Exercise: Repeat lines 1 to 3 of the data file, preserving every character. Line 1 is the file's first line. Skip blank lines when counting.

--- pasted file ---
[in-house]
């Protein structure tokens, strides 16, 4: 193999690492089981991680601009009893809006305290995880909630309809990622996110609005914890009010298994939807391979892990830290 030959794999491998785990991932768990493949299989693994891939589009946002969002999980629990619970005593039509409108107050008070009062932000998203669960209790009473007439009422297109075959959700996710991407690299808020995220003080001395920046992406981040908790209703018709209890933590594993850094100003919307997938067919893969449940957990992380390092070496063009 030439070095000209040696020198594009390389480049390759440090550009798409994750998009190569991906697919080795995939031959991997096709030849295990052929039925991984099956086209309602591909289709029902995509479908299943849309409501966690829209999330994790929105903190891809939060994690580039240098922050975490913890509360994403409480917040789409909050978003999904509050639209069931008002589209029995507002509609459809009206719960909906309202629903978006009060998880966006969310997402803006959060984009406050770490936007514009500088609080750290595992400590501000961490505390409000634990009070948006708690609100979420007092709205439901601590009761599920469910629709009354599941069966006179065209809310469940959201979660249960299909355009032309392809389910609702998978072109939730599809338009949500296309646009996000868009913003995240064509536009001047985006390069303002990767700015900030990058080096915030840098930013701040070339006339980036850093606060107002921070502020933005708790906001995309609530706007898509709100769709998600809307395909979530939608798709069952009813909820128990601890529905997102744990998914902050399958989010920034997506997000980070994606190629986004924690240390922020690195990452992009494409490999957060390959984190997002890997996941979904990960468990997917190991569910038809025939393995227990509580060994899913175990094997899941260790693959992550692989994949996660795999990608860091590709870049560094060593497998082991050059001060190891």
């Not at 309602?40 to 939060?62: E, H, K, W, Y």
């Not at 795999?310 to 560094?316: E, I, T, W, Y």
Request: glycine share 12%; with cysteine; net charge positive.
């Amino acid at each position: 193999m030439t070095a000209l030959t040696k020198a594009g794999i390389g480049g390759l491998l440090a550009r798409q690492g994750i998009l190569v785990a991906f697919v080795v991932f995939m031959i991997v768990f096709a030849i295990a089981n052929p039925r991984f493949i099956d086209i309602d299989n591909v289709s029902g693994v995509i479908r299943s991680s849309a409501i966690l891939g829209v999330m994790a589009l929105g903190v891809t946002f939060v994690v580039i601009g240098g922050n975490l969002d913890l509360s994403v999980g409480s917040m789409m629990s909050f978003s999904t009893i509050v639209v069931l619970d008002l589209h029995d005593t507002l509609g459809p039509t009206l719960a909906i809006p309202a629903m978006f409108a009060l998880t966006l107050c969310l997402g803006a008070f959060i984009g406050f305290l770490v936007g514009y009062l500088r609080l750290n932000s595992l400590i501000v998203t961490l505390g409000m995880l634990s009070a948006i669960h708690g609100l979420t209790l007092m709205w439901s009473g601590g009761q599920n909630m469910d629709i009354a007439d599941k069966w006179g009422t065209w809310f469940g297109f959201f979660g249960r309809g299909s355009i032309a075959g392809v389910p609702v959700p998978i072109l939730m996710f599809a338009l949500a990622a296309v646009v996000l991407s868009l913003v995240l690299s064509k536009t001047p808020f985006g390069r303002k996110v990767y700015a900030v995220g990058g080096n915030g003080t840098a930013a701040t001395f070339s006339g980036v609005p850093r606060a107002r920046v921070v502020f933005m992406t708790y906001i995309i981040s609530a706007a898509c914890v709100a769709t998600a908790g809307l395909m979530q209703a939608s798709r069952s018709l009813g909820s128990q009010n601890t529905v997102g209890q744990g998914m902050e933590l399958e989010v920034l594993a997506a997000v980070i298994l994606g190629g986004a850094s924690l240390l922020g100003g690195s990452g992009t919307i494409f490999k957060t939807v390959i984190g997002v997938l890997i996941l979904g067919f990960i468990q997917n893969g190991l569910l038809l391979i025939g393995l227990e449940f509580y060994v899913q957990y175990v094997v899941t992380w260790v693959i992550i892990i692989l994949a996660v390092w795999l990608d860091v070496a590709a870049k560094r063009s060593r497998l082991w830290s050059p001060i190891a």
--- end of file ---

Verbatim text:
[in-house]
């Protein structure tokens, strides 16, 4: 193999690492089981991680601009009893809006305290995880909630309809990622996110609005914890009010298994939807391979892990830290 030959794999491998785990991932768990493949299989693994891939589009946002969002999980629990619970005593039509409108107050008070009062932000998203669960209790009473007439009422297109075959959700996710991407690299808020995220003080001395920046992406981040908790209703018709209890933590594993850094100003919307997938067919893969449940957990992380390092070496063009 030439070095000209040696020198594009390389480049390759440090550009798409994750998009190569991906697919080795995939031959991997096709030849295990052929039925991984099956086209309602591909289709029902995509479908299943849309409501966690829209999330994790929105903190891809939060994690580039240098922050975490913890509360994403409480917040789409909050978003999904509050639209069931008002589209029995507002509609459809009206719960909906309202629903978006009060998880966006969310997402803006959060984009406050770490936007514009500088609080750290595992400590501000961490505390409000634990009070948006708690609100979420007092709205439901601590009761599920469910629709009354599941069966006179065209809310469940959201979660249960299909355009032309392809389910609702998978072109939730599809338009949500296309646009996000868009913003995240064509536009001047985006390069303002990767700015900030990058080096915030840098930013701040070339006339980036850093606060107002921070502020933005708790906001995309609530706007898509709100769709998600809307395909979530939608798709069952009813909820128990601890529905997102744990998914902050399958989010920034997506997000980070994606190629986004924690240390922020690195990452992009494409490999957060390959984190997002890997996941979904990960468990997917190991569910038809025939393995227990509580060994899913175990094997899941260790693959992550692989994949996660795999990608860091590709870049560094060593497998082991050059001060190891």
């Not at 309602?40 to 939060?62: E, H, K, W, Y």